Perforations of the eardrum (also known as the tympanic membrane) are quite common. First, many perforations of the tympanic are uncomplicated and do not cause frequent infections. However, with water exposure, most perforations will cause frequent bouts of a draining ear. Also, perforations can cause hearing loss but this depends on the location and the size of the hole.
The cause of the perforation should also be taken into account. Patients with persistent Eustachian tube dysfunction, for example, might demonstrate a good surgical result initially with continued retraction and possible re-perforation of the newly closed drum. This should be discussed in greater detail with every patient and an individual decision should be made.
Once surgical closure has been decided, several techniques are available. For very small perforations, a so called myringoplasty procedure may be employed. For larger holes in certain locations and without much scarring of the remaining drum, underlay techniques (underlay tympanoplasty) should be attempted. For larger holes with extensive scarring, overlay methods (lateral graft tympanoplasty) should be considered. Depending on the surgical technique, the success rates range from 80-90 percent. However, re-operations are sometimes necessary. Also, with additional erosion of the hearing bones, an ossiculoplasty might be necessary in order to restore the hearing apparatus. This may require a separate procedure, however.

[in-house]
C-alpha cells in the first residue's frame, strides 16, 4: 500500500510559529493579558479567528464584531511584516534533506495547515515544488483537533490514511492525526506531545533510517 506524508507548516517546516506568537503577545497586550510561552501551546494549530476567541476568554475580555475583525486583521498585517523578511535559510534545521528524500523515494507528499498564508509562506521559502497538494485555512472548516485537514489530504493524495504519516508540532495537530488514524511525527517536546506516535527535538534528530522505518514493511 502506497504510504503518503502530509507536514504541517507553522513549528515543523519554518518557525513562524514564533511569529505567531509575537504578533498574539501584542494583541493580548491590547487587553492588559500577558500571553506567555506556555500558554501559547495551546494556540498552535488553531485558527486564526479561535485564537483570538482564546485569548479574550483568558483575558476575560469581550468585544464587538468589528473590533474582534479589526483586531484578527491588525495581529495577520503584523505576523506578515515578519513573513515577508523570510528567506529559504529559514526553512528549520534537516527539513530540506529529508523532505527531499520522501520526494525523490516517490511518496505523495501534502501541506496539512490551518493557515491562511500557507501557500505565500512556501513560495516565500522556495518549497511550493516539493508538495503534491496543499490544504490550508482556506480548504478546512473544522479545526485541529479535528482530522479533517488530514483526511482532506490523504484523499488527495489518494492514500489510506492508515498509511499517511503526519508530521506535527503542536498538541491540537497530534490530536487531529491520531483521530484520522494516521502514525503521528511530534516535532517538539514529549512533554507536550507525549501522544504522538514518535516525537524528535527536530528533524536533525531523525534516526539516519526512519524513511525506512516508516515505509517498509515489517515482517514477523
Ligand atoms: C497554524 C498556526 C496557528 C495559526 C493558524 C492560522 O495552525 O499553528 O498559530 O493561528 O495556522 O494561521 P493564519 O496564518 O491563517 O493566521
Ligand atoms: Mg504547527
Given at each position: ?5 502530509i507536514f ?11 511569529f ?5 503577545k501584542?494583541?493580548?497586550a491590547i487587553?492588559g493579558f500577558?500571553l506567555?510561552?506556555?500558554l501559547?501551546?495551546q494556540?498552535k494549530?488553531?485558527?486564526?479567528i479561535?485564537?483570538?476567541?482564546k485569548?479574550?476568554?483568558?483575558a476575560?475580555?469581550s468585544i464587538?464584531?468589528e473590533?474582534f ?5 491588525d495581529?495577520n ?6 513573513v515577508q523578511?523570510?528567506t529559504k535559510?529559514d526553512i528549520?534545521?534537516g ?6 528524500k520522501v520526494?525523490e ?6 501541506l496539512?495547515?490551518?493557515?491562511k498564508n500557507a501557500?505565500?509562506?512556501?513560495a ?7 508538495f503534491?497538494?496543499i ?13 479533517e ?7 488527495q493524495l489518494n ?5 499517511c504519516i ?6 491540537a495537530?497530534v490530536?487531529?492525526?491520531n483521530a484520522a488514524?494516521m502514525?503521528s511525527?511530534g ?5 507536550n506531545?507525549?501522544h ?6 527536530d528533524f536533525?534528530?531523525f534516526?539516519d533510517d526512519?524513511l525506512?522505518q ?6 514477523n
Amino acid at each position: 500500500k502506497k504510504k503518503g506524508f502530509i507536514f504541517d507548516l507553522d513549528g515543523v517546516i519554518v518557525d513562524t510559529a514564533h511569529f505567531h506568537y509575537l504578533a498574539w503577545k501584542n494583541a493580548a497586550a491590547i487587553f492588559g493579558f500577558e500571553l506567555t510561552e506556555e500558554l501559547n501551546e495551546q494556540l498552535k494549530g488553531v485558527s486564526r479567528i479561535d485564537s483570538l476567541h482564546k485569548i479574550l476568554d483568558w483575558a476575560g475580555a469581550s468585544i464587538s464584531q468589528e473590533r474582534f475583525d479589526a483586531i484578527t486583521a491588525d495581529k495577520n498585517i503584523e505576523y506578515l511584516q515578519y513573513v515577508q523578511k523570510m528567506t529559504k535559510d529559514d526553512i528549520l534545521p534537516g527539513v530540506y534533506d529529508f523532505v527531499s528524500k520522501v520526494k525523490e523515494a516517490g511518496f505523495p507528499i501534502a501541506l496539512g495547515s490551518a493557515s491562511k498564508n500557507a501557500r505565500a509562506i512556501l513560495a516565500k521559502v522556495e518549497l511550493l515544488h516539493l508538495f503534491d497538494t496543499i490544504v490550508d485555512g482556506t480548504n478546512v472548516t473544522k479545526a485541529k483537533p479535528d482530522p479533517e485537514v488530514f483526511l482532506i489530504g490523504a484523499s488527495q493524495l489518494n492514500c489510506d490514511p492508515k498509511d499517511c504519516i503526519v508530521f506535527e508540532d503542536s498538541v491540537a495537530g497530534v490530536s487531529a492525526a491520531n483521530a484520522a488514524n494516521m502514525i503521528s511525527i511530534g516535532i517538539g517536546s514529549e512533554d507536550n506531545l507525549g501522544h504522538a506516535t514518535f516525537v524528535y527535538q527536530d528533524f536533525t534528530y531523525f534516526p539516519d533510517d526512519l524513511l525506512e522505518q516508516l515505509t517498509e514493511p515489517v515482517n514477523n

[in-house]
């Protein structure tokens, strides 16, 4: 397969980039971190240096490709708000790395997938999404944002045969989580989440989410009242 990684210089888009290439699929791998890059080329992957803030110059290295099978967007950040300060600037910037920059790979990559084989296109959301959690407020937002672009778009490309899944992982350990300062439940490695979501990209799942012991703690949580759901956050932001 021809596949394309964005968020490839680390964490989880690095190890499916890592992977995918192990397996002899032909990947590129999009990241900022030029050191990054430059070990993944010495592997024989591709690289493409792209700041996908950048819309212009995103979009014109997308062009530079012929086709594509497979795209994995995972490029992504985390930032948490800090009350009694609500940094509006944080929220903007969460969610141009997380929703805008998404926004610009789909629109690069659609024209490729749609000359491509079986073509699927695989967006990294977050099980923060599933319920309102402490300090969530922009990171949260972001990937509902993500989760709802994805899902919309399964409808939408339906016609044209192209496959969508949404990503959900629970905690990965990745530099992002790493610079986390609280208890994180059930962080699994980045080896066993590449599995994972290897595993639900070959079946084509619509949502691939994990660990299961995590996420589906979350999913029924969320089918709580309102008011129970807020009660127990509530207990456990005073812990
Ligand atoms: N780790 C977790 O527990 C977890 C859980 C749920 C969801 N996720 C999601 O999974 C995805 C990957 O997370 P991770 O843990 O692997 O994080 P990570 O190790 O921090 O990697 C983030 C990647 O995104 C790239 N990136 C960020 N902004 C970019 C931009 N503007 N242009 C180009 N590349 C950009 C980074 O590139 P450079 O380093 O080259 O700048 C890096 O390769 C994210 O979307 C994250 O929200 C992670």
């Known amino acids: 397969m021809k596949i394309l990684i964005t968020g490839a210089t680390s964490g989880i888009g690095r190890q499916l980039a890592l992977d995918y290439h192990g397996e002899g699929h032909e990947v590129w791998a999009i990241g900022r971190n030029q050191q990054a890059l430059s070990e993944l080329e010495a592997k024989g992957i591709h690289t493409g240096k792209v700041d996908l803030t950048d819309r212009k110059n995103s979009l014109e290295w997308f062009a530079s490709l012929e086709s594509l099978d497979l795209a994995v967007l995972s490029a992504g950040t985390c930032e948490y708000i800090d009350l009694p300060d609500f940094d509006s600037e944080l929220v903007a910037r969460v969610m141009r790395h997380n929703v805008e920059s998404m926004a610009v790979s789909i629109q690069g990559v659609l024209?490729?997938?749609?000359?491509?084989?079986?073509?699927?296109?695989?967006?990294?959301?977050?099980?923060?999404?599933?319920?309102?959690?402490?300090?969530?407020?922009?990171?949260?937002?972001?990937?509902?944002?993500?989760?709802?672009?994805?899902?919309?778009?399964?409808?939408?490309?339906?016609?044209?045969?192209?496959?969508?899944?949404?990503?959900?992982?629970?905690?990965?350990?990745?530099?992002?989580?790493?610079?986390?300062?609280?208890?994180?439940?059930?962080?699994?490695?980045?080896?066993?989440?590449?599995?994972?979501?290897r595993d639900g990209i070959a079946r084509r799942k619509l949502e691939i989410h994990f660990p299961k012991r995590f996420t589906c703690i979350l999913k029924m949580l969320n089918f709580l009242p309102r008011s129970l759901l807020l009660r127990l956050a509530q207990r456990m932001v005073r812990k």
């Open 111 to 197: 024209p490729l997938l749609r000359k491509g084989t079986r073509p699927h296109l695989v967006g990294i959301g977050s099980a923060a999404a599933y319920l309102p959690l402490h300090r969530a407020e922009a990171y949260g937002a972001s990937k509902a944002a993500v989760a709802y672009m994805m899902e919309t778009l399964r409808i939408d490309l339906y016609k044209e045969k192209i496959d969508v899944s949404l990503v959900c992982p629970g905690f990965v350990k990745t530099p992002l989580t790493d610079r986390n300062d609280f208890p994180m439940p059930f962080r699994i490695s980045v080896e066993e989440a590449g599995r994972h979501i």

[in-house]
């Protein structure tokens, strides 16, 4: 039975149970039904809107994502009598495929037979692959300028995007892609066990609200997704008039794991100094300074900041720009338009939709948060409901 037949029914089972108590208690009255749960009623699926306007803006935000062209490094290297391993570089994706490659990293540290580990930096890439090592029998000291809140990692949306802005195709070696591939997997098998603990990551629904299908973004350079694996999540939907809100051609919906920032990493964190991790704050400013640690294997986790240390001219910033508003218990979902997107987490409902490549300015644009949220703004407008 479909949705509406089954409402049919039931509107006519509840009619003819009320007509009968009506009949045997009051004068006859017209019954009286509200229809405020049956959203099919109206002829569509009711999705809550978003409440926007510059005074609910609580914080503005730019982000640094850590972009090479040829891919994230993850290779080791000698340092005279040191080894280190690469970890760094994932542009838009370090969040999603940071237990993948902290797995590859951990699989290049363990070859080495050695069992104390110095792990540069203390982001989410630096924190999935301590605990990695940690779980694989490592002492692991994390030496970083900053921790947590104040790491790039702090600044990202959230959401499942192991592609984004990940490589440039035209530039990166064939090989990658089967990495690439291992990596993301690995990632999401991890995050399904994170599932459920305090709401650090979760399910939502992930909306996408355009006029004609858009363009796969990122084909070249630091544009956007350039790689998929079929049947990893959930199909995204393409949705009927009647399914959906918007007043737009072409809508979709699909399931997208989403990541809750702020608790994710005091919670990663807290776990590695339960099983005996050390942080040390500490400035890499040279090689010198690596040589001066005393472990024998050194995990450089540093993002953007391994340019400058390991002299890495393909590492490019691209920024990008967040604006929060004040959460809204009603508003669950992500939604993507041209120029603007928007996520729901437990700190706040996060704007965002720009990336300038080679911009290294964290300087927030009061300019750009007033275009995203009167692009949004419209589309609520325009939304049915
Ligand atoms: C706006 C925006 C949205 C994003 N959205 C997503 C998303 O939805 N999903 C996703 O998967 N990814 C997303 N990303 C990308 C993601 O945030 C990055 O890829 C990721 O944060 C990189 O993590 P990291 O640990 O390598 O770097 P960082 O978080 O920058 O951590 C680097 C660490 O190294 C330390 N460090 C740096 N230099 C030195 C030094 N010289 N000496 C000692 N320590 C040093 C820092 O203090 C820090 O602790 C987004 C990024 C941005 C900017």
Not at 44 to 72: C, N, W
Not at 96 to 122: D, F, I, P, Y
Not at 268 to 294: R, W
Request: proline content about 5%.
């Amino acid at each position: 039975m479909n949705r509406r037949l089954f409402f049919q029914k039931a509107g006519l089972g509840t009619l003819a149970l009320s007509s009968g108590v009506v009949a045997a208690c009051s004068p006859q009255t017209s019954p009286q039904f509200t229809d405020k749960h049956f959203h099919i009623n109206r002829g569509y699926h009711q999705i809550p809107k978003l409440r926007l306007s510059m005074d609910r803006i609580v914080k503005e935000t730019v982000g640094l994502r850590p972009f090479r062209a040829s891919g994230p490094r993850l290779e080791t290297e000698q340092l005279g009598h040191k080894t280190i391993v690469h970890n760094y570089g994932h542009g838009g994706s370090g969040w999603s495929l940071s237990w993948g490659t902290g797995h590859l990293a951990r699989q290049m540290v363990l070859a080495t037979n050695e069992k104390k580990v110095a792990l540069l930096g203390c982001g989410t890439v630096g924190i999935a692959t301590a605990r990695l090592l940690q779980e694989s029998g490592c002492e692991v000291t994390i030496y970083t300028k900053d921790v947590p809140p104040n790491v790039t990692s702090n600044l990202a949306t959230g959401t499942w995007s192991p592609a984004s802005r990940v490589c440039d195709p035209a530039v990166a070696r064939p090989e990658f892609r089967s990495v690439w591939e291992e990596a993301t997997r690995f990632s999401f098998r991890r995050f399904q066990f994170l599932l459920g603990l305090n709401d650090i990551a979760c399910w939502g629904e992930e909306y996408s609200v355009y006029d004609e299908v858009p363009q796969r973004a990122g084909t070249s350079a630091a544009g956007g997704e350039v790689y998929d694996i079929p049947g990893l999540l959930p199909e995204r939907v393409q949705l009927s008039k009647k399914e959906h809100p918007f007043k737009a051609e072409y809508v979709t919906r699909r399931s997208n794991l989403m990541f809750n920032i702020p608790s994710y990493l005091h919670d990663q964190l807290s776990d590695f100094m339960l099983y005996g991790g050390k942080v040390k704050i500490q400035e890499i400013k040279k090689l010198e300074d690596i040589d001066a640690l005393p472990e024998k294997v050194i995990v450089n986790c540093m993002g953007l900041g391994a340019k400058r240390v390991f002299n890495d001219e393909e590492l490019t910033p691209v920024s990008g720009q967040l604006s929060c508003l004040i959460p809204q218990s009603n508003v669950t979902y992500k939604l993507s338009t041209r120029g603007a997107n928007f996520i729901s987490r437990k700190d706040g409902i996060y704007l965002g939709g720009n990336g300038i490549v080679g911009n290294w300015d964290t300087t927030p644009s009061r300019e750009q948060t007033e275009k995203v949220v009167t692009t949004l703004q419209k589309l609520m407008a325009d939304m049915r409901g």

Depending on the surgical technique, the success rates range from 80-90 percent. However, re-operations are sometimes necessary. Also, with additional damage to the hearing bones, an ossiculoplasty might be necessary in order to restore good hearing.